It’s (Past) Time to Get Your Mobile Site in Order

Mobile browsking/shopping

This is my husband (the one with the iPad and no spots). He’s probably shopping.

Are you still struggling to make your website mobile-friendly? There’s a new research study out that underscores just how important this is.

You should be able to see your mobile site traffic in your traffic reports. (Here’s how to find mobile traffic reports in Google Analytics. If you can’t find this data easily in your reporting interface, it’s time to switch to a new analytics package.)

If you’re looking at your traffic reports and don’t see a lot of mobile users, you might be inclined to think that you don’t need to worry about mobile. Actually, the opposite probably is true.¬†Almost 30% of all website traffic comes from mobile devices, up 73% from 2012, according to the Walker Sands Quarterly Mobile Traffic Report. If you’re not seeing mobile traffic to your website, it’s very likely because your site is so unfriendly to mobile users that you’ve driven them away. (Not convinced? Survey your audience. Ask them if they use smartphones and tablets to access the web. I’ll bet dollars to donuts the answer is yes.)

It’s not just about traffic. It’s about conversions.

But there’s an even more compelling reason to mobile-optimize your website – because it’s not just about whether people visit your site on mobile devices. It’s about what they’re doing when they’re there – or what they’d be willing to do, if your website would just let them!

That’s the take-away from the new report I mentioned. Nearly one-third of all website conversions looked at across four industries happened on a mobile device, according to the study, done by AOL and the University of Virginia. A conversion is basically whatever action the marketing team behind your website is hoping visitors will take. In your online store, it’s a purchase. On your email signup form, it’s someone signing up to receive your email. If you’re a membership organization, payment of membership dues is a conversion. So if people are willing to do that from their mobile device, you want to be sure they’re able to do so, right?

That’s why you really, really, really need to take a hard look at what your website looks like on mobile devices. And don’t just look at the pages or sections where you’re looking specifically for those conversions. Look at your whole site – because if the rest of your website is telling visitors they don’t want to use it on their mobile devices, they’re going to get driven away before they ever find your mobile-optimized ecommerce store or membership dues form.

Still need to take baby steps?

Optimizing your entire website for mobile is a daunting project, of course, if you haven’t already done it. And it really does have to be done; so don’t just shelve the idea because it’s too much to tackle. You really do have to get on it. But…

There are some smaller pieces you might be able to bite off and work on in the meantime. Here are a few:

  • Those pages where you actually are looking for conversions really are the most important. Even if your other website pages are turning away mobile visitors, you can still use email and other marketing tools to send visitors directly to your store or dues payment site. So start by making sure those pages themselves display well and work properly on mobile devices. And don’t just test them on your own phone; test on iPhone, Android phone, iPad and iPad mini to begin with. If your user/member surveys or website traffic reports show other devices that are common among your audience, add those to the list.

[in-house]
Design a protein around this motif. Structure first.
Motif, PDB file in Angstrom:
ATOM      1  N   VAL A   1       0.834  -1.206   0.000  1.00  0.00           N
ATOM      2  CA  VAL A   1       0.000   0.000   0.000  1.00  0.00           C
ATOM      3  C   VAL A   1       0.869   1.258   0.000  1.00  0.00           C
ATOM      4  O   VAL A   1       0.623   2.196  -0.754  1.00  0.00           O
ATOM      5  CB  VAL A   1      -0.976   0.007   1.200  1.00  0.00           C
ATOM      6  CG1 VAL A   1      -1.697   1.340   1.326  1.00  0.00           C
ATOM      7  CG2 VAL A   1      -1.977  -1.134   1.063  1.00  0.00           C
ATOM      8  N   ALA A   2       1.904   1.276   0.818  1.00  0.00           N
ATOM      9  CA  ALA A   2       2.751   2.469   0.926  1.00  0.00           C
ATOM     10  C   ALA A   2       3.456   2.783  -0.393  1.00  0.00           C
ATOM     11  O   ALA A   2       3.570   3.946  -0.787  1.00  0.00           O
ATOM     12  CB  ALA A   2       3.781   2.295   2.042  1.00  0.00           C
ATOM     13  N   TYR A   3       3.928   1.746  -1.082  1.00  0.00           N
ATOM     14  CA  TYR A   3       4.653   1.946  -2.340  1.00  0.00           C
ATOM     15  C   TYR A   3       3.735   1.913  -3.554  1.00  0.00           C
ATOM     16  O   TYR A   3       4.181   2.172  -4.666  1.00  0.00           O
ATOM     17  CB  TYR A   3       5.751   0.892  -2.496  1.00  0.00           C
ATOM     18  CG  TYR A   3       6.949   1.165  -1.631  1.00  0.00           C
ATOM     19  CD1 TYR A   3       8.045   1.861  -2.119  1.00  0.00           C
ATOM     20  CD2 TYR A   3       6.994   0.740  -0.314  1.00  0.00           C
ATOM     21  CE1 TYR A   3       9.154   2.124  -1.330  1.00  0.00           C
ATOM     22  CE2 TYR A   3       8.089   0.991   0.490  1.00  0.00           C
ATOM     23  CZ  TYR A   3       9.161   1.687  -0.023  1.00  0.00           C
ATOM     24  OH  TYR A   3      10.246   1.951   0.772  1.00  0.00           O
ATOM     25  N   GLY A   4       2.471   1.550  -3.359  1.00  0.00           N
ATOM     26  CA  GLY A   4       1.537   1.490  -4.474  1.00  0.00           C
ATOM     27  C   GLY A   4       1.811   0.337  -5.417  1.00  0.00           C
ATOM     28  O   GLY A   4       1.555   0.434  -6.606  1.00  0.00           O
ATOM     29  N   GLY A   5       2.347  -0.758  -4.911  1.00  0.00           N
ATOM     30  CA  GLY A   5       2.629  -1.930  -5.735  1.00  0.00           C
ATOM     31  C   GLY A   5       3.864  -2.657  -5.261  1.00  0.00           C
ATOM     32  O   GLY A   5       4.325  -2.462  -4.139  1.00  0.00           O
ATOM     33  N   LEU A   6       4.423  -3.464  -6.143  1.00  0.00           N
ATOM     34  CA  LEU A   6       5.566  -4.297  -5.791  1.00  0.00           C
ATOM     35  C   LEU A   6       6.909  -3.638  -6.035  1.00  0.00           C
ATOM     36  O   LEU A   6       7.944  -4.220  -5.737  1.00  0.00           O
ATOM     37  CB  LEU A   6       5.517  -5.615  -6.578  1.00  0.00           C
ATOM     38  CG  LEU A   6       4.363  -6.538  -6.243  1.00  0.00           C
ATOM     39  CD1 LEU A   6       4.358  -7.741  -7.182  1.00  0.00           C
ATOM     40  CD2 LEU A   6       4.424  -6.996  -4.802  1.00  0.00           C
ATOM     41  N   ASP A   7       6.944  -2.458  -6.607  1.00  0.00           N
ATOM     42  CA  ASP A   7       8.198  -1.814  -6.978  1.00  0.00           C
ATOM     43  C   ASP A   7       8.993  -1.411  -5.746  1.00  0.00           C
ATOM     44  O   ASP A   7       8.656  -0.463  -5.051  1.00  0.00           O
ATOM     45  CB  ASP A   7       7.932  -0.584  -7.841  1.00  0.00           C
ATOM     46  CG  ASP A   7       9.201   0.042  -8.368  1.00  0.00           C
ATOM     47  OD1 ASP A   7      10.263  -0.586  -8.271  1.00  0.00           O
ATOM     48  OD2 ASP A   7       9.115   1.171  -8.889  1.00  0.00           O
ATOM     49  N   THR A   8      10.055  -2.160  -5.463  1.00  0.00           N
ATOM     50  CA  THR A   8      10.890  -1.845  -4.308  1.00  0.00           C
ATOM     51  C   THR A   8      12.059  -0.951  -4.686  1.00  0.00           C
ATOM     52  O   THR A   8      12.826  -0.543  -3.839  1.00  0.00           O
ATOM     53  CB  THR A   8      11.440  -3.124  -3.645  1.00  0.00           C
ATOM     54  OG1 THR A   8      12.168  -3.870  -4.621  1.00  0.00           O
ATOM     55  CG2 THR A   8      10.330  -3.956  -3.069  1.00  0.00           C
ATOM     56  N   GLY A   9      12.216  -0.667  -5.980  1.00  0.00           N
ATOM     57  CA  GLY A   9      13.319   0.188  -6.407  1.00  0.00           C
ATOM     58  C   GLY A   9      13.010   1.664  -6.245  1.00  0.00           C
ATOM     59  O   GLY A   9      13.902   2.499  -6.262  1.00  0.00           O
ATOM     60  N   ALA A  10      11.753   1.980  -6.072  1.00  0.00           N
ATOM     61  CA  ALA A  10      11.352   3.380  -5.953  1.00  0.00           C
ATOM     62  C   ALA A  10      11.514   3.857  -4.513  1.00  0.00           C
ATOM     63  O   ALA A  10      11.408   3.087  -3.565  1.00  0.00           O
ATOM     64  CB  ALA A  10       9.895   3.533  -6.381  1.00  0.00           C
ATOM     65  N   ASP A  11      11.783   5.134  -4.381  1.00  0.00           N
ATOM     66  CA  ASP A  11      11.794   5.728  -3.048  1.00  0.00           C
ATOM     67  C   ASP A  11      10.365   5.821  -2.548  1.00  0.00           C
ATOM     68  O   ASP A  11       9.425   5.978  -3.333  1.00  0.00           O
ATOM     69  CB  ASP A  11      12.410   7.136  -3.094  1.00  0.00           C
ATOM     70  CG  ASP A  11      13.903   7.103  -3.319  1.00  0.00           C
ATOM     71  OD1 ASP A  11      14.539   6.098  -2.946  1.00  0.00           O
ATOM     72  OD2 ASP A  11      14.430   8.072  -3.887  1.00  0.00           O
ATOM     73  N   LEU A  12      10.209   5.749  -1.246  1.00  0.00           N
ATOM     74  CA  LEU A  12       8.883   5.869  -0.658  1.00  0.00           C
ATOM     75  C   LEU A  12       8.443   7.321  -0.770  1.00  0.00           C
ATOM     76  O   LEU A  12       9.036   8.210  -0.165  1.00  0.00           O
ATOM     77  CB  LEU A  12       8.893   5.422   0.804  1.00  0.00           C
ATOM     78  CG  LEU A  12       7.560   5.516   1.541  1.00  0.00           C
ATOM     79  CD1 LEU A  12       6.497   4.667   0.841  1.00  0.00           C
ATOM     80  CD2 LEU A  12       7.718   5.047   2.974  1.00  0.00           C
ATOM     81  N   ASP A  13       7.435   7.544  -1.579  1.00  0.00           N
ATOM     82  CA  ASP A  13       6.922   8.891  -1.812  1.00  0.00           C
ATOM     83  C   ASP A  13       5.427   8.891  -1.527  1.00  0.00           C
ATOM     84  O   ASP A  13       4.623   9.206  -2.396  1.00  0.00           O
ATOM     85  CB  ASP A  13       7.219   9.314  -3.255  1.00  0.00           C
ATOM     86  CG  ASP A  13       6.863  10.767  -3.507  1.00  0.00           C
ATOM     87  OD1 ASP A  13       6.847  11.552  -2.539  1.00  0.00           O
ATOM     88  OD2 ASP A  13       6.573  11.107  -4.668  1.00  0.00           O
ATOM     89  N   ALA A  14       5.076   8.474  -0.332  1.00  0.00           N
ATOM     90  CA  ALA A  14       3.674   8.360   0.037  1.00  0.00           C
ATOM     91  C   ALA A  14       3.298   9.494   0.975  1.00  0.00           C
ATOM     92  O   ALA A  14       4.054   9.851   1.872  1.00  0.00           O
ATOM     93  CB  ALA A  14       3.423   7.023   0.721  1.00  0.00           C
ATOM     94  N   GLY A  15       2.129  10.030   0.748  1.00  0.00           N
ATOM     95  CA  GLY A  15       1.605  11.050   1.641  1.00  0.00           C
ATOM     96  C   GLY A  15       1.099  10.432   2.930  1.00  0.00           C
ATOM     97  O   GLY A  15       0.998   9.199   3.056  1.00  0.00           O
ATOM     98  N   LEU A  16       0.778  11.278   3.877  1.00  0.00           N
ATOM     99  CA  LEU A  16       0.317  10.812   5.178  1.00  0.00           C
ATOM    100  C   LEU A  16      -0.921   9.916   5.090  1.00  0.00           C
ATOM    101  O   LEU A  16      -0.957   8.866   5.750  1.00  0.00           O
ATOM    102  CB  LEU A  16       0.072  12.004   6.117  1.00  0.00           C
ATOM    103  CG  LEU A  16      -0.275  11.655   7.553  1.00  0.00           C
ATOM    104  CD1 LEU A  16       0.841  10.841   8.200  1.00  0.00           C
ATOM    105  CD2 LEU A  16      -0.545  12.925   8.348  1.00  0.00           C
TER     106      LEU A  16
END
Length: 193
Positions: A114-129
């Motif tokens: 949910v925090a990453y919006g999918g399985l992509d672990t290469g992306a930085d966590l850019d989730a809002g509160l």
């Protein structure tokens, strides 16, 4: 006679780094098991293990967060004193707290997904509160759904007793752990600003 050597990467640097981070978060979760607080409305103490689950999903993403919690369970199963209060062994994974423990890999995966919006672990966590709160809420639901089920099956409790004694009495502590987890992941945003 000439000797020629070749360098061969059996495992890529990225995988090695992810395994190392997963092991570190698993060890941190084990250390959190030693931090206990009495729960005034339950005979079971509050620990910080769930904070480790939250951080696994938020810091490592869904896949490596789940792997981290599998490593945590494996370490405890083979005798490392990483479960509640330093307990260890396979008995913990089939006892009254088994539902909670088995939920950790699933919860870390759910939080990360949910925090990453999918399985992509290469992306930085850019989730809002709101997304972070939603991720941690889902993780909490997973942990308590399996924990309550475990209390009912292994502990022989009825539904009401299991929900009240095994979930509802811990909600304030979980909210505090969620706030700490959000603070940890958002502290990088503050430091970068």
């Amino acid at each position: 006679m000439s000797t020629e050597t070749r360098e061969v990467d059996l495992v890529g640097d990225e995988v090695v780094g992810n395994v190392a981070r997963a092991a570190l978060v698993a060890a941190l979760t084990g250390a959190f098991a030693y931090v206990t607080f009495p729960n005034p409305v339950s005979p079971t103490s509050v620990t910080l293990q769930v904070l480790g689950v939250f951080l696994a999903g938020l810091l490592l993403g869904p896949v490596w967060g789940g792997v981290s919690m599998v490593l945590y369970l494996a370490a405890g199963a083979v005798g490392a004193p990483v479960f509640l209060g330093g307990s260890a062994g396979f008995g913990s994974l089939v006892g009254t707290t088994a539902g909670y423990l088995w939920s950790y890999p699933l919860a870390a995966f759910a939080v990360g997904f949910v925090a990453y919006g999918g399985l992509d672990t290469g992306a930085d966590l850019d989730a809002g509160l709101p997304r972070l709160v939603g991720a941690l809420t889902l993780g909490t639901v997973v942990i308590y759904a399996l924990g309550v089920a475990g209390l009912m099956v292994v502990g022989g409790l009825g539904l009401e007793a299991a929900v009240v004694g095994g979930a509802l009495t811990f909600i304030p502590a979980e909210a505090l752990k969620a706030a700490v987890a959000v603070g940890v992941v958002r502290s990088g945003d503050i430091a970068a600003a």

• Top pages, landing and exit pages, in Google AnalyticsWork on your most popular landing pages. A landing page is where someone enters your website. You might think that’s your home page, but your traffic reports will very likely tell you otherwise. You probably have some visitors coming first to your home page, but others going to pages all over your site. Identify the most common entry points, and make sure those work well on mobile devices. That way, at least the first page people see will give them a good impression; if a later one doesn’t display well on their mobile device, they’ll at least know your site is hit-or-miss for mobile, rather than a #totalfail.
  • Same goes for your your most popular pages. These are the pages that get viewed most often, whether or not they are the entry point for your website. Get those cleaned up for mobile devices so they also can help you make a good impression.
  • Now look at your site’s most common exit pages. Pretty much the opposite of landing pages, these are the pages from which people leave your site. Don’t assume that every one of these pages is a problem. No one stays on a site forever, so inevitably there will be exit pages. In many cases, people have finished their business with you – found what they were looking for, completed a task, etc. But not always. Sometimes a bad experience will drive people away. So take a look at each of your top exit pages to see how they display on mobile, and clean up any that don’t look good. You want to make sure the mobile presentation of the page isn’t causing people to quit your site.
  • Also look at any page that you are sending people to from your marketing messages. If your marketing email asks people to go to a page, check that page out on mobile devices to make sure it renders well. Email is one of the most common tasks people perform on their mobile devices; you want to make sure the people who are most engaged with you – those who receive and click on your emails – aren’t going to see a mess on your website when they get there.

So now you have some starting points, and perhaps a big project to get your entire site optimized for mobile. But the payoff could be enormous. It’s really just too risky not to get it done.

 

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